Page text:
In a study from the University of Sydney, scientists found decaffeinated coffee can reduce coffee withdrawal symptoms in people reliant on their daily caffeine fix.
They found caffeine withdrawal symptoms, such as headache, fatigue, bad mood and irritability, shrank after participants drank decaf—regardless of whether or not they knew it was decaf.
In the study, the team examined 61 heavy coffee drinkers, who consume three or more cups a day, went without caffeine for 24 hours and had their withdrawal measured.
They were then separated into three groups. Two groups were given decaf, with one group told truthfully they were drinking decaf and the other deceived into thinking it was regular coffee.
The third group, a control, was given water.
Three-quarters of an hour later, all participants were asked to rate their withdrawal symptoms again.
They found a big drop in caffeine withdrawal in the deceived group even though there’s no pharmacological reason why it should.
Because these drinkers expected their withdrawal to go down, it did go down. In other words, a placebo effect.
The team also found that withdrawal symptoms also reduced even when people knew they were getting decaf. Not as much as the group we lied to, but a significant amount.
This type of reaction is known as an open-label placebo effect, an effect that occurs even when you know you are getting a placebo.
Before they were given their beverages, participants were asked to rate how much they would expect various drinks to reduce their caffeine withdrawal.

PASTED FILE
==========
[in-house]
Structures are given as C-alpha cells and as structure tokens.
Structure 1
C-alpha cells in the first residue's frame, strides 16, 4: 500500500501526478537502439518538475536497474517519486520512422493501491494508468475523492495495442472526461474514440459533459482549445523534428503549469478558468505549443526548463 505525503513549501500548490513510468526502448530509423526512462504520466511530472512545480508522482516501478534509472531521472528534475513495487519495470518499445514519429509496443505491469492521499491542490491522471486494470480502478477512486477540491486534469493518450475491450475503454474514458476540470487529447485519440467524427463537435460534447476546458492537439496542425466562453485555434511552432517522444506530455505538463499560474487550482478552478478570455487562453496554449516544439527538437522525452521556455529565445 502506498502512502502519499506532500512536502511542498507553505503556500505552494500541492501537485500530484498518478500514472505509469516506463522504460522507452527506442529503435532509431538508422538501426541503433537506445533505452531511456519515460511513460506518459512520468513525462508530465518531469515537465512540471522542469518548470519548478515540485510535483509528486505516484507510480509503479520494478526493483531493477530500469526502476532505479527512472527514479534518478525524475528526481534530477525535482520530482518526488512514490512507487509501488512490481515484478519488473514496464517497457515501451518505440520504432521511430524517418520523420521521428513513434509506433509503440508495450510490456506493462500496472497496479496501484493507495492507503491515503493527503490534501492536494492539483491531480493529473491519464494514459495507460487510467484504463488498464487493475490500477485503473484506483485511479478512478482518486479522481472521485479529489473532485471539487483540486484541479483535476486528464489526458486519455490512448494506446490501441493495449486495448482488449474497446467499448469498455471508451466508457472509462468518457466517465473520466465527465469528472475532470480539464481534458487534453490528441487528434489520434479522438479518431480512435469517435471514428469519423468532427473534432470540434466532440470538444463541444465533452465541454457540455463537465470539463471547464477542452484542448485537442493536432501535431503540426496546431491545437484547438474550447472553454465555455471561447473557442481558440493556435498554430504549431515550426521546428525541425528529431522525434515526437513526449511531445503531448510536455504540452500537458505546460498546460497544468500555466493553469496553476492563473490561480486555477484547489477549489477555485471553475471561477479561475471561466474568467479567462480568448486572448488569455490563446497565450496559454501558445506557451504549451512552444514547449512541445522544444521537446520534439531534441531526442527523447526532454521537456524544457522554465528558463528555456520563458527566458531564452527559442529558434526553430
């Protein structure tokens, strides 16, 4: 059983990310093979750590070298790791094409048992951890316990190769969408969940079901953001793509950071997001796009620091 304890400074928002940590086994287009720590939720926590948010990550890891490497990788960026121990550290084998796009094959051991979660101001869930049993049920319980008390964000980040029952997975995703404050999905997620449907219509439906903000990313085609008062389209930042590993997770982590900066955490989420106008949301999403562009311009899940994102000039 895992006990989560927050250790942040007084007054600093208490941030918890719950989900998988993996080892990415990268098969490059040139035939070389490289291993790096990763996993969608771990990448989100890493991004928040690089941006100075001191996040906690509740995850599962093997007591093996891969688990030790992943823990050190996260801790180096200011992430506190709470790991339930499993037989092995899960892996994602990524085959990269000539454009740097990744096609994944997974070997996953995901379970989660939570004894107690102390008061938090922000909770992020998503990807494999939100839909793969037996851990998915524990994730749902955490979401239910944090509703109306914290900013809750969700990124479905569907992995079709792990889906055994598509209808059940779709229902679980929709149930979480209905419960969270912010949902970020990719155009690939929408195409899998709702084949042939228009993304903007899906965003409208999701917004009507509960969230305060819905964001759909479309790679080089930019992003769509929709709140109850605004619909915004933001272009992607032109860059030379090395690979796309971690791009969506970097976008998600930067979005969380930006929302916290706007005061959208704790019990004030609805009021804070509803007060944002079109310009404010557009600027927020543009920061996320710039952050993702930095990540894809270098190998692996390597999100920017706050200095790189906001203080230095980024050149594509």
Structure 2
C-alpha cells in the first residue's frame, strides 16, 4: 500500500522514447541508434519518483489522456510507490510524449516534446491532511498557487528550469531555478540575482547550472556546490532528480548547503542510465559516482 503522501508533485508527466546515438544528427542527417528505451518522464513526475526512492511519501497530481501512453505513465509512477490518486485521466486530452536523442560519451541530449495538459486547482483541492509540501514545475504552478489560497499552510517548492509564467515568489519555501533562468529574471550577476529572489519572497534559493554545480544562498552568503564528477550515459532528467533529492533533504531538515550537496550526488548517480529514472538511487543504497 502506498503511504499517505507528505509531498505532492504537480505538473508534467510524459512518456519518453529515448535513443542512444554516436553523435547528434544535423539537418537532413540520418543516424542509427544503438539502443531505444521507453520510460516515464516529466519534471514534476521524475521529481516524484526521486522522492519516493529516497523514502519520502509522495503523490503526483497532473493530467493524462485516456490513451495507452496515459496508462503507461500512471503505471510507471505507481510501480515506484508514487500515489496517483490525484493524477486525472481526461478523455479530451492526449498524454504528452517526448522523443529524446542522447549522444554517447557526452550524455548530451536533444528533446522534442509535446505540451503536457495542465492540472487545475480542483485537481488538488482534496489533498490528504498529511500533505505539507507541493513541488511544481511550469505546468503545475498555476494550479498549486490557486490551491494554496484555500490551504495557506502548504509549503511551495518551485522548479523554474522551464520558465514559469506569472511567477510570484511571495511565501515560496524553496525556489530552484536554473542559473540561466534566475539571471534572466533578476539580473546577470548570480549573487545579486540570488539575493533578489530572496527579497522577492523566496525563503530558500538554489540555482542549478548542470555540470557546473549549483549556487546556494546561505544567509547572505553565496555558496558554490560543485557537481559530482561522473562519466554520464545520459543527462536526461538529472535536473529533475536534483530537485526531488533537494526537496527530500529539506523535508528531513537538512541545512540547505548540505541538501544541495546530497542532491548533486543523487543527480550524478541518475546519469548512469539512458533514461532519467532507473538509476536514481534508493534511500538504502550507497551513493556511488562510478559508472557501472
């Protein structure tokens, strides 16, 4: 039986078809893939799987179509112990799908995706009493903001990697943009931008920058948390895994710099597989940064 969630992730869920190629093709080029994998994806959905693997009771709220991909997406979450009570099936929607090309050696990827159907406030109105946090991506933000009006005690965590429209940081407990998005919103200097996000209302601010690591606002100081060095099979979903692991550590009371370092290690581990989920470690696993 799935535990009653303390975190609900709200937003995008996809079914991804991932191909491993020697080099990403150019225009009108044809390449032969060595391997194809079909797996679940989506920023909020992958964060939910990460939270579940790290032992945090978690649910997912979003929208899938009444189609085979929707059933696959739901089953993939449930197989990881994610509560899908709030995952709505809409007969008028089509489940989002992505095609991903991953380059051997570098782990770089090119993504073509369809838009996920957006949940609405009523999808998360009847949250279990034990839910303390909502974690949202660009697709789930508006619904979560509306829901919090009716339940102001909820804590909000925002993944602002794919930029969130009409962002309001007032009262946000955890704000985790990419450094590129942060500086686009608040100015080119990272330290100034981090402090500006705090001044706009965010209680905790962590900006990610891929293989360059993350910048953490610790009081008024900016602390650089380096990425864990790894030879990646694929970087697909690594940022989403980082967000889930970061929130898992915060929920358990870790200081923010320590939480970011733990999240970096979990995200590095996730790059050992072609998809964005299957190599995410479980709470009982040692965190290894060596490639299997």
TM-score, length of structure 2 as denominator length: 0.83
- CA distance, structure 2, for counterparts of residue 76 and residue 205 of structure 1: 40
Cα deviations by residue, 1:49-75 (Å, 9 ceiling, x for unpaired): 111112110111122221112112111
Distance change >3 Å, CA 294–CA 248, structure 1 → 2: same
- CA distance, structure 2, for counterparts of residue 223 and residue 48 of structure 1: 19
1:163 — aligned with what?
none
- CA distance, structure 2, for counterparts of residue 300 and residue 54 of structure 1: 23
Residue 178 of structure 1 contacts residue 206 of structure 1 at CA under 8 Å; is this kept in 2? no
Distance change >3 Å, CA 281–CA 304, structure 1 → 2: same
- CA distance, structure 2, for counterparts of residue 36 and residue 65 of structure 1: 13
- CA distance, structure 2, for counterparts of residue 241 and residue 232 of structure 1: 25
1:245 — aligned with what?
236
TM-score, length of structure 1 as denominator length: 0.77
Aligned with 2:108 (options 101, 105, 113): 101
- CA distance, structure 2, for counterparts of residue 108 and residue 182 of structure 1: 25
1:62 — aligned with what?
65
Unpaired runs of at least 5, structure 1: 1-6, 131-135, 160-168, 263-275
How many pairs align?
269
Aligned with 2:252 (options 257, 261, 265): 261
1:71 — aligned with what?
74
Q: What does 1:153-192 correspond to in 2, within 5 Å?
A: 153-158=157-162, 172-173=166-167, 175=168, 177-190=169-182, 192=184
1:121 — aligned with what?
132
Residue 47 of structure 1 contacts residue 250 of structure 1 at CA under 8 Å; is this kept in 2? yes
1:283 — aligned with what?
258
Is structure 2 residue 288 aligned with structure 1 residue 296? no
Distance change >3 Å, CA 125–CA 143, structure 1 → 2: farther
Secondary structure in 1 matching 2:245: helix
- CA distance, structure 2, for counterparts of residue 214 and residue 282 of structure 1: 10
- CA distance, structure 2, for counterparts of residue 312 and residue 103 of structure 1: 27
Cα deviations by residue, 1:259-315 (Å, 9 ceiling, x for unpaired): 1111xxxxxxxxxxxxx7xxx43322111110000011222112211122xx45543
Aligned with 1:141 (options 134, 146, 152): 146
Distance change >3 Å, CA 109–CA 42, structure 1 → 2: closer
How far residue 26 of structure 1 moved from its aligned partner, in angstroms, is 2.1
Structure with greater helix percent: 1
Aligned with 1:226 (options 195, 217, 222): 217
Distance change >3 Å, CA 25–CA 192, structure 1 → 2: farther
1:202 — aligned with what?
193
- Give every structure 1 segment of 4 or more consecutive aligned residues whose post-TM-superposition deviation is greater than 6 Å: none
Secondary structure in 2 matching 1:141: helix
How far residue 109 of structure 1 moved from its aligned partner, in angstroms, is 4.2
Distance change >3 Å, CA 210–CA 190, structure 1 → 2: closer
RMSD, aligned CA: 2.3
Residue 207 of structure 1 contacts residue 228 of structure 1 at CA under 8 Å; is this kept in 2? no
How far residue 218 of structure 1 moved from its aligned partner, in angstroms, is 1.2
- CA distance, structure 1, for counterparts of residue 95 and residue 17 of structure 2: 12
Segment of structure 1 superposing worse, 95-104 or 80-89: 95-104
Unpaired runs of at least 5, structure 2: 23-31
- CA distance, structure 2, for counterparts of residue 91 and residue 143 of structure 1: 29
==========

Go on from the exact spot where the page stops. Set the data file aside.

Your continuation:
Unsurprisingly, people said they expected to experience the greatest reduction from caffeinated coffee. The ratings of expected withdrawal from decaf and water were more surprising.
Withdrawal in the group we gave water to didn’t drop at all whereas the people who were given decaf experienced a significant reduction.
The team concluded this open-label placebo effect was driven by a strong conditioned withdrawal-reduction effect built up over a lifetime of drinking coffee.
The pleasing increase in alertness and energy people feel when drinking their daily coffee is just caffeine withdrawal being reversed.
If you care about coffee, please read studies about coffee linked to lower risk of prostate cancer, and drinking coffee could help control blood pressure.
For more information about nutrition, please see recent studies about plant nutrient that could help reduce high blood pressure, and flavonoid-rich foods could improve survival in Parkinson’s.
The study was conducted by Dr. Llew Mills et al and published in the Journal of Psychopharmacology.
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